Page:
A female department head received a silk nightie, along with a collection of massage oils and, um, lubricants. And it was clear that the nightie had been worn at least once, as it gave off the unmistakable aroma of perfume and Eau de body sweat. She was too embarrassed to complain, but one of her employees went to the Sunshine Committee and suggested they put some kind of rules about the genre of gift to be given.

The next year, someone still refused to listen to the “no gifts that might be perceived as harassment” regulation. Another female employee received a type of panty usually gifted to a bride at a shower, body oils, and a hotel room key. Given that the key came from a hotel in a city where a certain oddball staff member had been staying for a week, everyone was pretty sure who was responsible, but the committee didn’t pursue it.

The next year, there was another more explicit description of what not to give. They thought they had covered all the bases, but they were wrong.

Another department head received a huge hanging plant, which was nice. But the item that came with it gave everyone pause: a framed picture of a bleeding human heart with the caption, “I’d kill for you.”

And thus ended a practice that had previously been nothing more than a fun way to bond with each other during a cold winter month. There is always someone out there looking to spoil what was meant to be a way to spread a little sunshine in dark places.

Just Do Your Own Job!

, , , , , | Working | April 19, 2022

My former manager is a real peach. Pardon my Southern. Fortunately, she is not my manager any longer, nor is she actually allowed to ask me to do anything — not even if the building was on fire and she needed help lifting a smoldering piece of scaffolding from her leg to escape.

Truthfully, I would still help her if she acted like a grown-up and ASKED for my help. However, it is out of her wheelhouse. Like, I said, real peach.

On the bright side, after I was no longer under her, I was promoted rather rapidly into a managerial position! We are now equals, which frustrates her even more.

Her new method to get me to do something is to now passive-aggressively hint until I “volunteer” to do it myself, but I have to do it in such a way that isn’t indicative of her “giving” me a task.

This happens in a conference call.

Former Manager: “[My Name], do you know if [Contractor] has been tracking bugs in [Program]?”

I am not responsible for this contractor; she is. I have received no training on the program she’s asking about.

Me: “I don’t know. I haven’t really looked or kept track of others’ tasks outside of [Subordinate #1], [Subordinate #2], and [Subordinate #3].”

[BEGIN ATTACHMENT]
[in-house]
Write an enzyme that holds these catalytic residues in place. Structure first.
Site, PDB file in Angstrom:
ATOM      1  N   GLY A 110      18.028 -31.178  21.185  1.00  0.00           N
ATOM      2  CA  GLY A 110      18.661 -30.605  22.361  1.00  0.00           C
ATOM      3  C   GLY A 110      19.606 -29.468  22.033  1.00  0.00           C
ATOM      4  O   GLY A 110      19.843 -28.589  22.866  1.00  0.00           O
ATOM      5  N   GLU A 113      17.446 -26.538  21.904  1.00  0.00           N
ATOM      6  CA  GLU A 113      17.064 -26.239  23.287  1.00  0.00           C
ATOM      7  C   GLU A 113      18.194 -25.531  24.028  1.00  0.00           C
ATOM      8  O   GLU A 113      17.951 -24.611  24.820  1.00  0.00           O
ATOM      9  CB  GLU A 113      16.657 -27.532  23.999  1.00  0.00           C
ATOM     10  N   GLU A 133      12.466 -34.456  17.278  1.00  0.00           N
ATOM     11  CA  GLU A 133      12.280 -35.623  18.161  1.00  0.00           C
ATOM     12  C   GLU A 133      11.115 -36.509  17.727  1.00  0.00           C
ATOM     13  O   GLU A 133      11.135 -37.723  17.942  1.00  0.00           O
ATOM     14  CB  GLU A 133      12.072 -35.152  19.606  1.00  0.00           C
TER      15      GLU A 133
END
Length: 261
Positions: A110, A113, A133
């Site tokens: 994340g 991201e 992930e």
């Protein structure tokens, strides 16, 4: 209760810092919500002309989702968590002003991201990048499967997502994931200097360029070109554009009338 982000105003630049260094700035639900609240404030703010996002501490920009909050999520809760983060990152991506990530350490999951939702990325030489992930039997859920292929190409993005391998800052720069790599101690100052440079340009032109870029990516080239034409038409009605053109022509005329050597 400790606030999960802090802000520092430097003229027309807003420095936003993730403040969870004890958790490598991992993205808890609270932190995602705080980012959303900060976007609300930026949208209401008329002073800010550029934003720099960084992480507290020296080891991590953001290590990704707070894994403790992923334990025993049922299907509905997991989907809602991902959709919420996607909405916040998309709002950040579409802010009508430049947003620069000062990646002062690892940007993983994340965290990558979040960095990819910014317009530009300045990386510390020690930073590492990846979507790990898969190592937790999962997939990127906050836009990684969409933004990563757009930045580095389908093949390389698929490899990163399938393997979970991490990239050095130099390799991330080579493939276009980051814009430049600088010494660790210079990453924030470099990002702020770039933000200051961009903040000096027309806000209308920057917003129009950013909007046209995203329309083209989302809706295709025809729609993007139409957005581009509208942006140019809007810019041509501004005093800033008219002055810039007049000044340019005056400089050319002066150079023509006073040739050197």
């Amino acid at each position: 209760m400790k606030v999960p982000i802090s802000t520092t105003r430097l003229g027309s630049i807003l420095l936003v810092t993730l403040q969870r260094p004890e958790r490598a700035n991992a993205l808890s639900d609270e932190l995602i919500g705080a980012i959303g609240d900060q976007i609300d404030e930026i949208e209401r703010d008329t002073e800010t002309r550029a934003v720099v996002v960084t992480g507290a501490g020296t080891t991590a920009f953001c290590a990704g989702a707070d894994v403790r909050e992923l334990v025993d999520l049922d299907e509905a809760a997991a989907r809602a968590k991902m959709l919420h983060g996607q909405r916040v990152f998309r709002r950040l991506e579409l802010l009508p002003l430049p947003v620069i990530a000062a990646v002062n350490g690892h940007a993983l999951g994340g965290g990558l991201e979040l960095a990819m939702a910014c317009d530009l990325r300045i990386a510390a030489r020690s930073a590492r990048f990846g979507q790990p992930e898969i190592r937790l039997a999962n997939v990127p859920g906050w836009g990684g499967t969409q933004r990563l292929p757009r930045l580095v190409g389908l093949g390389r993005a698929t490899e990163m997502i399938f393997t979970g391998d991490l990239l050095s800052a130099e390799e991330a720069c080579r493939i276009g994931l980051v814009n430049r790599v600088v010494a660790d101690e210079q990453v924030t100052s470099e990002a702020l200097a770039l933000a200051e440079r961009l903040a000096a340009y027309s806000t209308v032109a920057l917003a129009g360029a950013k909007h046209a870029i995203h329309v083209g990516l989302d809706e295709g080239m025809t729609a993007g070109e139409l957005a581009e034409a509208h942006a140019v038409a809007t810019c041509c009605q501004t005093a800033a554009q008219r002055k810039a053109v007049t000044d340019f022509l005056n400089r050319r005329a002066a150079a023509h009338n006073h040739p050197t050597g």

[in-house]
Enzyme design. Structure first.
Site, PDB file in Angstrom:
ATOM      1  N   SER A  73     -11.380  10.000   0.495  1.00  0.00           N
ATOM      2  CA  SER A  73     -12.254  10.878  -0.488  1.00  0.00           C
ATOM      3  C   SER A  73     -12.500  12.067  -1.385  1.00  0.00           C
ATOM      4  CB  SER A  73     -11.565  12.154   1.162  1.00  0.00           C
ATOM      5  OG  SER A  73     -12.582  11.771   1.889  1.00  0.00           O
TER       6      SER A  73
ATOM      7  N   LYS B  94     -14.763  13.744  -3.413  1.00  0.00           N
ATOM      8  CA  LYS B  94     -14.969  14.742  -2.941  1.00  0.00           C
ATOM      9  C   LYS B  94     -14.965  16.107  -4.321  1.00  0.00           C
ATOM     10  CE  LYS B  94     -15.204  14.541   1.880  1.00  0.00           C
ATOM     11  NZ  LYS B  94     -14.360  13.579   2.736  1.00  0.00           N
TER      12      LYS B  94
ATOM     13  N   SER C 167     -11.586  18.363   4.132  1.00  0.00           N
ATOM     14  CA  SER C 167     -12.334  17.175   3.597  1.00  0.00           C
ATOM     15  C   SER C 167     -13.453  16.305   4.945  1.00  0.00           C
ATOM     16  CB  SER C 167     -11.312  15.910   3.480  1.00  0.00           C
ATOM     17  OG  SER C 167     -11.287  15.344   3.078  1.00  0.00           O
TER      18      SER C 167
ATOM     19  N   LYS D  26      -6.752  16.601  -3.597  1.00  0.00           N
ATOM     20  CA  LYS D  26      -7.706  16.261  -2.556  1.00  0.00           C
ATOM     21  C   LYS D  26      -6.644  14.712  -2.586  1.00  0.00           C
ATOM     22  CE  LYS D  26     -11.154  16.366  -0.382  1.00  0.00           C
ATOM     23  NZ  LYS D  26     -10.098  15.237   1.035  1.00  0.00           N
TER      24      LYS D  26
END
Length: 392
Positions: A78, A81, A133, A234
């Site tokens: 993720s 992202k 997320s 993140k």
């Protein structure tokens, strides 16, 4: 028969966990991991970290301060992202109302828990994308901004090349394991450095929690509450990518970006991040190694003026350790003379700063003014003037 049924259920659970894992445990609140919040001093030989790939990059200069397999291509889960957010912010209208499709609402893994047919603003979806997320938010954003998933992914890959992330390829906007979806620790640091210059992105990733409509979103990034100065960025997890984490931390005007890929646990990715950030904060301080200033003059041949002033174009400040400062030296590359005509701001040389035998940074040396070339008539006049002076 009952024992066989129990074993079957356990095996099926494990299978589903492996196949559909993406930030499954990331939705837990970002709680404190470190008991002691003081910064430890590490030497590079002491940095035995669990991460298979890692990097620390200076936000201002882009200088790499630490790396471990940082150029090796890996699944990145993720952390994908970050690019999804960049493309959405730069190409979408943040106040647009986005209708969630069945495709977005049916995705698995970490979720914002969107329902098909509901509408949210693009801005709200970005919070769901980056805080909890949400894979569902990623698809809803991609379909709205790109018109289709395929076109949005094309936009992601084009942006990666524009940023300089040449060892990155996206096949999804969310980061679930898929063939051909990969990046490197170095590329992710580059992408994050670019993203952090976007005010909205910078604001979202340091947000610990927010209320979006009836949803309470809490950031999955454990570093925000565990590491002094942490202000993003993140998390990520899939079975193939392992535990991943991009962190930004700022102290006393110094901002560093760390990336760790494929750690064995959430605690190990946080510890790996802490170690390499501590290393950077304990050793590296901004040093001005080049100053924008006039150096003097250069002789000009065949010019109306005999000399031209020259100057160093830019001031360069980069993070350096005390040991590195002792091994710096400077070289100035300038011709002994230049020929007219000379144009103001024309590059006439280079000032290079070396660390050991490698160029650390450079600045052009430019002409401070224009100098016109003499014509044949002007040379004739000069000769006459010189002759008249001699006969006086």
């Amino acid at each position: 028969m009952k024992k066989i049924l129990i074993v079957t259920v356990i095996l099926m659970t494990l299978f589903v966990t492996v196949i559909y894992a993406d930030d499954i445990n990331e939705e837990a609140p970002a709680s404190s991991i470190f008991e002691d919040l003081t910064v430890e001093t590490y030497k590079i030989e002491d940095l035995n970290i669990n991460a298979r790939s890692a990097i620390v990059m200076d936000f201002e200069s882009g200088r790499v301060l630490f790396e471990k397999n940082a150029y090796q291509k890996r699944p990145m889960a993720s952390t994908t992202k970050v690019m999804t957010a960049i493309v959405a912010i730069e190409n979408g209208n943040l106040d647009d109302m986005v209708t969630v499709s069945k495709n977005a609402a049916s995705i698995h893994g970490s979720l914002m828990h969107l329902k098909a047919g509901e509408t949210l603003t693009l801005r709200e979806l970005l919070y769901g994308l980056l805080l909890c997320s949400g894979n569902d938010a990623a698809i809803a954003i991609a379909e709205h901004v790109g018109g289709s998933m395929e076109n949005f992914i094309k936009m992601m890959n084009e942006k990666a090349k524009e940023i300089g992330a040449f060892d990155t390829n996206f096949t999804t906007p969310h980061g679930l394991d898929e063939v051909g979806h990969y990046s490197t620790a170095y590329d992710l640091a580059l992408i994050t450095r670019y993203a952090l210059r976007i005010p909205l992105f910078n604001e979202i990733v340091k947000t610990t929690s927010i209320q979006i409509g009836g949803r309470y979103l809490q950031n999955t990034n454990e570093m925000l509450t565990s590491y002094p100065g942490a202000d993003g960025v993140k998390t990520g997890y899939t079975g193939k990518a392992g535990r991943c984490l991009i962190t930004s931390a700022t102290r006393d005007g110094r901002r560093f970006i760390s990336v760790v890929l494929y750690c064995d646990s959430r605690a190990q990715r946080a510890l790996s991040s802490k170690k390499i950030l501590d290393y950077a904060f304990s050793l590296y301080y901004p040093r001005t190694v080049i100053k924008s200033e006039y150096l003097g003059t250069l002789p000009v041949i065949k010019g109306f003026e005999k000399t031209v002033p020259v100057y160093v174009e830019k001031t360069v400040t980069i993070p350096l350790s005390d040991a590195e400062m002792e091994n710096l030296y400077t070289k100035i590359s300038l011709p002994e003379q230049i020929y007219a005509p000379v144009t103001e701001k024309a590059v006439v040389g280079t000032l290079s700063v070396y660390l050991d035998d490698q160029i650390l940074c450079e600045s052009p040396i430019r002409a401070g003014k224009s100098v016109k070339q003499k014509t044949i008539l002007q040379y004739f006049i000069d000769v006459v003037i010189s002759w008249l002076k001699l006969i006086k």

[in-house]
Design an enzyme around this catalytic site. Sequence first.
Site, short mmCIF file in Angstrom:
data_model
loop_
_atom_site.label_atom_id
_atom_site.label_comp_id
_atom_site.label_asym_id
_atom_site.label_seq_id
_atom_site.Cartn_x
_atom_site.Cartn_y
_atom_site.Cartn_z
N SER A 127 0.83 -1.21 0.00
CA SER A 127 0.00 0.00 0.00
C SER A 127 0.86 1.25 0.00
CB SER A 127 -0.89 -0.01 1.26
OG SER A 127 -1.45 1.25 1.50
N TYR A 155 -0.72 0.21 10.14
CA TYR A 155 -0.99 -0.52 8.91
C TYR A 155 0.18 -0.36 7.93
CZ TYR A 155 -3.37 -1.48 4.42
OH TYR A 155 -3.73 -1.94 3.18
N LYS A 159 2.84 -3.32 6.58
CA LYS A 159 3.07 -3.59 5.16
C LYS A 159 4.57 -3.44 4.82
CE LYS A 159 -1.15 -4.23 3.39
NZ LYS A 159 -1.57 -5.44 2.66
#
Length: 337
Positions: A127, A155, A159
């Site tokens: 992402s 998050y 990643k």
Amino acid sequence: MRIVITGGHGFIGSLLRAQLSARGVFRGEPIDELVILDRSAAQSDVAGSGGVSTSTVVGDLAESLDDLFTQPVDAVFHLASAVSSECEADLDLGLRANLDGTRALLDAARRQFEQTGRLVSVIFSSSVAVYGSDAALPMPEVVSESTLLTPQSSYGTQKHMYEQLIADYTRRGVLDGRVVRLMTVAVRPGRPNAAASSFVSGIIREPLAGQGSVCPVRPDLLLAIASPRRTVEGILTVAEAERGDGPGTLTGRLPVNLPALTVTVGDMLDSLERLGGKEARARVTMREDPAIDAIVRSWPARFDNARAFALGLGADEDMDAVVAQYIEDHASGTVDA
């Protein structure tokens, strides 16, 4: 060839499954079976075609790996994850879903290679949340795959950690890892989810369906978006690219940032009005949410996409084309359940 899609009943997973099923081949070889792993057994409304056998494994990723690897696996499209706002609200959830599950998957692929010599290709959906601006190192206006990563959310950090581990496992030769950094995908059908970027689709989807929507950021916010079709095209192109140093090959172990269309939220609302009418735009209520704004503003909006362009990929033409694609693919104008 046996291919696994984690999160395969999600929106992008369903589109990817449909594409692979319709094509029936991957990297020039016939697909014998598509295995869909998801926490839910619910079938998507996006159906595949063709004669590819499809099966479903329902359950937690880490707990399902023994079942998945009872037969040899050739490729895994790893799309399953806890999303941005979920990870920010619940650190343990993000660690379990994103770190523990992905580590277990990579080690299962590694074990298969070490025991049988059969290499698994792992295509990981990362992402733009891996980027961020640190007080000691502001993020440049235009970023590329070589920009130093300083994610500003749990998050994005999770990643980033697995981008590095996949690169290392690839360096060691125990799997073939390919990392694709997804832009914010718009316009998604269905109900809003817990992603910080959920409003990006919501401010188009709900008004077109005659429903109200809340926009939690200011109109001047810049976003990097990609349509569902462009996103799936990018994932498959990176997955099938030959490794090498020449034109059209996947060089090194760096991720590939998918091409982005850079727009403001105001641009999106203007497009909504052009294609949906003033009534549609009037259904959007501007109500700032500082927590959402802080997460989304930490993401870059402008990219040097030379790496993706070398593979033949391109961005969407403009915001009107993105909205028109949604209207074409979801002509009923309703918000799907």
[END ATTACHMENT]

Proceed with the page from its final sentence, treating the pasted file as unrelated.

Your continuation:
Former Manager: “Did you look?”

Me: “I can look, but there is no good way to search for it.”

Former Manager: “You are an administrator. You should be able to look.”

Me: “I don’t get notifications for people not under me, and the search feature only works for tasks. I don’t know what he is working on.”

Former Manager: “You should be able to.”

At this point, I realize she wants to use me to basically “scold” [Contractor] in her stead for something she never told him to do. She already knows he hasn’t been putting in his bug reports. Basically, think of her as that “fun aunt” who likes to think she is cool, relatable, and down-to-earth so she hypes her nieces and nephews up on sugar and then sends them home to their parents covered in mud, knowing Mom or Dad is not going to be happy they ruined their new sneakers.

Me: “Can you show me how?”

Former Manager: “You should be able to do it!”

Me: “Okay, while I am not sure how. Would you like me to email him and ask?”

Notice the phrasing. I am asking her if she wants me to do something.

Former Manager: “No! I want you to look to see if he has entered any tasks.”

Me: “Well, I can certainly look, but as I said, to my knowledge, there is no way to search for who is assigned which tasks. If you know how, I would love for you to enlighten me.”

At this point, I have actually figured out how to search for tasks by clicking on individual profiles, which also shows me he has not logged on in two weeks. None of this needs actual administrator privilege to access. But as she clearly KNOWS how to search and just wants me to be the bad guy for her (on something that is pretty minor), I decide to continue yanking her chain.

Former Manager: “So, he hasn’t reported or been assigned one bug?”

Me: “I mean, if you check the bug list, he has a couple open, so he knows how to use it.”

Former Manager: “Has he put anything else in?”

Me: “I cannot see if he has or hasn’t.”

Former Manager: “You should be able to.”

Me: “How?”

There is a noticeable silence and I can hear the wheels turning in her head as she tries to figure out how to get out of this trap. She can either admit she checked and knows how to check or she can continue this cycle. I throw her a bone.

Me: “Why don’t I email him for you and ask? That seems best, right? Then, if he has any questions, we can figure it out together.”

Former Manager: *Grumbling* “Well, you should know how.”

Me: “I don’t know what to tell you. I received no training on this software and haven’t had a chance to create a training document for it. I recommend just talking to him.”

Former Manager: *Quick to change topic* “So, you are going to email him, yes?”

Me: “Sure.”

I made sure to mention in the email that she was asking him.